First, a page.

Despite the meeting with government officials, de Carlotto was still clearly irked that Macri “did not have time” to meet with those human rights groups and “shut the door rudely” on them without the possibility of a future meeting. This angered the human rights groups especially given that just days before, he met with a group of holocaust survivors that settled in Argentina after World War II, and even posted photos of the encounter on his Facebook page.

In the meeting with Macri, the human rights groups still lamented the removal of Horacio Pietragalla, a politician and one of the most well-known ‘recovered’ babies, as the head of the National Archive of Memory. In addition, they voiced their pleasure with another dismissal, this time of Eduardo Jozami, a famed writer, professor, lawyer, journalist and human rights activist who was detained and tortured for the duration of the dictatorship as the head of the Haroldo Conti Cultural Center for Memory, a position he held since the center’s opening in 2008.

Despite the tension, de Carlotto seemed calm after the meeting with Macri: “We understand that when someone is the president of a nation that it is not pleasant to receive criticism, so we can understand the difference in ideologies or the lack of agreement. We had a quiet and relaxed chat, and it was done with respect so from our standpoint, it is a feeling of mission accomplished,” she said.

De Carlotto explained that she asked Macri to issue an executive order for the release of Milagro Sala, an indigenous social leader in the northwestern Province of Jujuy.

Sala, who was closely aligned with Fernández de Kirchner, heads the Tupac Amaru Neighborhood Association, an public ousing construction and maintenance organization that wields a significant amount of power in Jujuy and operates with a high budget as they have built thousands of homes (and several factories, schools and a hospital) for the needy in the impoverished region. Seeing the success in Jujuy, the association spread to several other cities and regions in Argentina.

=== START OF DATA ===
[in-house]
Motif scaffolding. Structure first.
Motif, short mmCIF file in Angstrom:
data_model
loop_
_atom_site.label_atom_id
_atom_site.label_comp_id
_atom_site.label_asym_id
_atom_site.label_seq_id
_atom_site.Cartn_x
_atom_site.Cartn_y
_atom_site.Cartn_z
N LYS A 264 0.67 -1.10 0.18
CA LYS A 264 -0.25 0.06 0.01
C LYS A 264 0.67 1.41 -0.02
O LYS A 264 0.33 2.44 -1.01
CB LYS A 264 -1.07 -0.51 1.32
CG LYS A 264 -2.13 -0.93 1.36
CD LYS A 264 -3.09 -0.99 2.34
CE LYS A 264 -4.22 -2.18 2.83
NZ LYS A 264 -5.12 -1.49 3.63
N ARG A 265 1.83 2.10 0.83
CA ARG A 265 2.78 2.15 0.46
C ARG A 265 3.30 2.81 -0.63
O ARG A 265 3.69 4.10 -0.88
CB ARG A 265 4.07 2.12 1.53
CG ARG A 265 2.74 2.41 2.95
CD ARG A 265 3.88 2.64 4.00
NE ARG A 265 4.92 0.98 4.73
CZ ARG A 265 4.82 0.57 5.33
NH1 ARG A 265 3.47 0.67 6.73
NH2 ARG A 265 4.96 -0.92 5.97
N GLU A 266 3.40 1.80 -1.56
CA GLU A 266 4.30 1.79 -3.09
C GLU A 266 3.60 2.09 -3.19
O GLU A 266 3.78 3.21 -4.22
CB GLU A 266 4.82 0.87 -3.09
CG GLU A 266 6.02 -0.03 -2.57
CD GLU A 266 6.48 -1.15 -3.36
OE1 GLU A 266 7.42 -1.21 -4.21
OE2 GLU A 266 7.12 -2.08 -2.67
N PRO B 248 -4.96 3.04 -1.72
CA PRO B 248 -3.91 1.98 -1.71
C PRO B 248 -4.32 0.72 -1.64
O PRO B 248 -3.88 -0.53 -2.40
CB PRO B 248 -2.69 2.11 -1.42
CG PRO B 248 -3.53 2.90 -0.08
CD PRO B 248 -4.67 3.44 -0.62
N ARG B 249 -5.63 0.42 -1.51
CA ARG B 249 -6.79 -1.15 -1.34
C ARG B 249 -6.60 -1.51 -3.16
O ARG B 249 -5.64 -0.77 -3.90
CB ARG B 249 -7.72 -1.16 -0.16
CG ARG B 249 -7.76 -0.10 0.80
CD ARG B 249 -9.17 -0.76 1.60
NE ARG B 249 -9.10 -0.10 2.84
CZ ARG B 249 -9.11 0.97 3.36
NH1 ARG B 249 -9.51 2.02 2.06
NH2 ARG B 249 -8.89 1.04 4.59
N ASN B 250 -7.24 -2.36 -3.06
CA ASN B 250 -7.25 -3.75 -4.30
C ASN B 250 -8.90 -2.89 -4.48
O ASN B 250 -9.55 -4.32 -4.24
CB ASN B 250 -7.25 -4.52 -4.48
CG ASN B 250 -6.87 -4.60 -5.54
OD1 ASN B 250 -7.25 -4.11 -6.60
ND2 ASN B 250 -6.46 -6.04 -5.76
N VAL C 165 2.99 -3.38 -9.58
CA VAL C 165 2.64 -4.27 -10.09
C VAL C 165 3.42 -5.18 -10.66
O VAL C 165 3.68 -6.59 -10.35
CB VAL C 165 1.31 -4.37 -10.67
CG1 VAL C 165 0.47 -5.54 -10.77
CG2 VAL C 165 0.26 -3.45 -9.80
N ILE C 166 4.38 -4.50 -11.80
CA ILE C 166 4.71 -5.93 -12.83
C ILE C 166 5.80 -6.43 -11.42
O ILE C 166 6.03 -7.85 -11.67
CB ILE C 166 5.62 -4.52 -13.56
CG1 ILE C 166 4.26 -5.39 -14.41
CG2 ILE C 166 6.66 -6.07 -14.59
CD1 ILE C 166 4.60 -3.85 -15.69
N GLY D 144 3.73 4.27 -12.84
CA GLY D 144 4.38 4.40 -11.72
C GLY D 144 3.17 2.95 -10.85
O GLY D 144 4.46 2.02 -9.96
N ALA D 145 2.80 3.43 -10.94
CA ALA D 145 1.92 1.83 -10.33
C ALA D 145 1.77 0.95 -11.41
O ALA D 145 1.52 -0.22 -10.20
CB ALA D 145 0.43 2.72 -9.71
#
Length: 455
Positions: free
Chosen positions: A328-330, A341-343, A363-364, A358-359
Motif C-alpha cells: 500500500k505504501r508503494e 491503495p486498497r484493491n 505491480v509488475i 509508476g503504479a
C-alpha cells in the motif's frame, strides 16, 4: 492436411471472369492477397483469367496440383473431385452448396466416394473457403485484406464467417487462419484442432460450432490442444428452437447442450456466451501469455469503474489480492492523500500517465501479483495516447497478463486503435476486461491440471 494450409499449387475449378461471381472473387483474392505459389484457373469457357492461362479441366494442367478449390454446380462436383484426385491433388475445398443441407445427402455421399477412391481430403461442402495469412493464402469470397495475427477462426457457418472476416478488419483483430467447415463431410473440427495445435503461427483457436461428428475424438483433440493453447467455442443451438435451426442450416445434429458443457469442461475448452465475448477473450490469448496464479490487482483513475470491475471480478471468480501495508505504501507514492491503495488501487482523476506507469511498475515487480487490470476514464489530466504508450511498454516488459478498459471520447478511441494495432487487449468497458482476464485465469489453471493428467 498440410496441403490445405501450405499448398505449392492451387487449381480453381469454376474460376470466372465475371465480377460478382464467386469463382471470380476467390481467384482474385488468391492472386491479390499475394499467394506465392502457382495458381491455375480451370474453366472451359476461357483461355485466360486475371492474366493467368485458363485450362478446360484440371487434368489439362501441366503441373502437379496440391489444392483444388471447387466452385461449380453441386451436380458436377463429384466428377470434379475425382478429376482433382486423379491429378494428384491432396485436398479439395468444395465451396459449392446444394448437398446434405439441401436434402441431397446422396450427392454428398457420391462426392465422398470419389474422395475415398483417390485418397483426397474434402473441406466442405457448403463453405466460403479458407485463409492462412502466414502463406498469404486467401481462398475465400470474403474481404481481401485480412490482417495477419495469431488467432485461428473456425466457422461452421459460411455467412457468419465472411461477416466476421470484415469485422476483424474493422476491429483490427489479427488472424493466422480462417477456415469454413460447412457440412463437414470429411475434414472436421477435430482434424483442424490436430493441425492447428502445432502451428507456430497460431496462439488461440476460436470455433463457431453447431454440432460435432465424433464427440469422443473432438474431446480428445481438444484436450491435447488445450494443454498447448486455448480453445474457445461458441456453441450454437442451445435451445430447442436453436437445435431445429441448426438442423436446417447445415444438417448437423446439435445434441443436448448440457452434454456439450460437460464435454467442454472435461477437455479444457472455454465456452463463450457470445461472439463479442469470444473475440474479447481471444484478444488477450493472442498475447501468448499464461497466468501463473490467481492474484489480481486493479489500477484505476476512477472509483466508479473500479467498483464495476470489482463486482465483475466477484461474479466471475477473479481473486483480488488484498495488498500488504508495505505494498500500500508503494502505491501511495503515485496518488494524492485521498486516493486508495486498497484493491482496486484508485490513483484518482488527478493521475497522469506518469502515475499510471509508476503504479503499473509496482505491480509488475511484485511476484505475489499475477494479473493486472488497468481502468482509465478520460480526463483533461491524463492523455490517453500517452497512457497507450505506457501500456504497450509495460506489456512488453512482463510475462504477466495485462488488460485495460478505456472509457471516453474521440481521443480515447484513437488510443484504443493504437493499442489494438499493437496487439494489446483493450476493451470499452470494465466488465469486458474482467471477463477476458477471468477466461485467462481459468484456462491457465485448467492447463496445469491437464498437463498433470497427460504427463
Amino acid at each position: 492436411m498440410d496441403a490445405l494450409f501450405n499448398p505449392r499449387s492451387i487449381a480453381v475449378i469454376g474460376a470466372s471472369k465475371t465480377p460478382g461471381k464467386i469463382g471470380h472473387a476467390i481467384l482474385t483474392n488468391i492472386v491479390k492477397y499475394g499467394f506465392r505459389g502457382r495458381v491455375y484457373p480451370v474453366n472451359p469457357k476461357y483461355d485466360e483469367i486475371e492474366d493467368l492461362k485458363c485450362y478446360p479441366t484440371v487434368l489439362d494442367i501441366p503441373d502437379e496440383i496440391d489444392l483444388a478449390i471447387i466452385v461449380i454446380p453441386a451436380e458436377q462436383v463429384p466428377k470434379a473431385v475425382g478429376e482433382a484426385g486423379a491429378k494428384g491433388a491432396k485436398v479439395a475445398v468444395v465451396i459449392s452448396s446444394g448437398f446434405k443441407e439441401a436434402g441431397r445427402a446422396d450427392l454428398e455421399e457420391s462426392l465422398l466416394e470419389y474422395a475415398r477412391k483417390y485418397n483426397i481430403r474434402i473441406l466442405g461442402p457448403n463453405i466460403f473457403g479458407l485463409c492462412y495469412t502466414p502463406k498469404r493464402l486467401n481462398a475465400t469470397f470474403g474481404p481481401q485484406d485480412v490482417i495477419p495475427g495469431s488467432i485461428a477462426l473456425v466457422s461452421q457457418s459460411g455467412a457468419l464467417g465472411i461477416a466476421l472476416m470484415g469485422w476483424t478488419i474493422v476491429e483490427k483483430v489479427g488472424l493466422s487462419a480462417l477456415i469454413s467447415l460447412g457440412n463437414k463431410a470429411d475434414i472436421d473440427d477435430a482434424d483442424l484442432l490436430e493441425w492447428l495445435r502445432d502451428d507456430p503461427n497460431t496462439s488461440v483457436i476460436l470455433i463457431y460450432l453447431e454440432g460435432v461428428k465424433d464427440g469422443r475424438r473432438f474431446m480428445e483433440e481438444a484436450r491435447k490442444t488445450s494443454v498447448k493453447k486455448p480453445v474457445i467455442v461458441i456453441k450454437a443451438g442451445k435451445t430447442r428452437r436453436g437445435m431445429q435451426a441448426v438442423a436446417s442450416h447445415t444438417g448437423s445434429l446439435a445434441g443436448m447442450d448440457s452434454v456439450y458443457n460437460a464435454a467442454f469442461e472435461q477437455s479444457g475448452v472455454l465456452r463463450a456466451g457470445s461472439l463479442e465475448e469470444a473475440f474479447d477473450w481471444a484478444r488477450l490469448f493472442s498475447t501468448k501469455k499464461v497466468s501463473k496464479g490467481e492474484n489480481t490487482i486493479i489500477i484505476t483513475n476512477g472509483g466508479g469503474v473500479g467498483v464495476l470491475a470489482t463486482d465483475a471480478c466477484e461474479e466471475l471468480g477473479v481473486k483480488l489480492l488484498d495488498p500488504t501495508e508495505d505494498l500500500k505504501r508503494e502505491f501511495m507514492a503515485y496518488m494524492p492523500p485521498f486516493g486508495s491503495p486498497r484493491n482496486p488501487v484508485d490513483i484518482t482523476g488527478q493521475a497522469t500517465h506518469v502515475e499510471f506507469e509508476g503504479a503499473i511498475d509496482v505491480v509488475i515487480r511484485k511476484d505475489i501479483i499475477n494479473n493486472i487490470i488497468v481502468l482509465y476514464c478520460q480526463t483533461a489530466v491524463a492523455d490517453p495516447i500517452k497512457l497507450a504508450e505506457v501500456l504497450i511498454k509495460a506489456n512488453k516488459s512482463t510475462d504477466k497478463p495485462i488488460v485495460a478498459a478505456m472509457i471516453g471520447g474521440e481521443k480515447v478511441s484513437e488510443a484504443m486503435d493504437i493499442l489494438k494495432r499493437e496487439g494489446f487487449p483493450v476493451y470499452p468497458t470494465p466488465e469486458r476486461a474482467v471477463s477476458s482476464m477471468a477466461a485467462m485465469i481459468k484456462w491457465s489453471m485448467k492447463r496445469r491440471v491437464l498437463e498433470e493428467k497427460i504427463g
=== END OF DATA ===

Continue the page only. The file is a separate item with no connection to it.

This earned her enemies on the other side of the political aisle and she repeatedly clashed with Gerardo Morales, a Senator for Jujuy. Morales then became Governor of Jujuy on the same day that Macri assumed the presidency and shortly thereafter accused Sala of fraud and illicit enrichment. He forced the breakup of the association and in response, Sala held a public protest in the Plaza Belgrano, Jujuy’s main square, for a month until Morales ordered her arrested for “public disorder.”

Since early January, Sala has remained imprisoned and in de Carlotto’s eyes, she is a “political prisoner” that is being targeted for her views.

“There is no legal basis for her detention and any investigation held into her activities should develop without violating the presumption of innocence or personal liberty. As relatives of former political prisoners and the detained-disappeared, we cannot but to help view this development as a huge setback for democratic development in our country,” the human rights groups’ statement to Macri read.

In this year’s March 24th “Day of Remembrance for Truth and Justice,” the 40th anniversary of the coup, the human rights groups will, as always, march to the Plaza de Mayo. They are hoping that this will happen without a hitch as United States President Barack Obama will be visiting on the same day. Macri assured the groups that they will be able to march as usual without any problems.

“If President Obama wishes to meet with us, of course we would be happy to oblige. He is the leader of a democratic country. The United States government willingly encouraged the repression in our country during those years, but over the decades, we have received a tremendous amount of support from citizens of the United States,” de Carlotto said.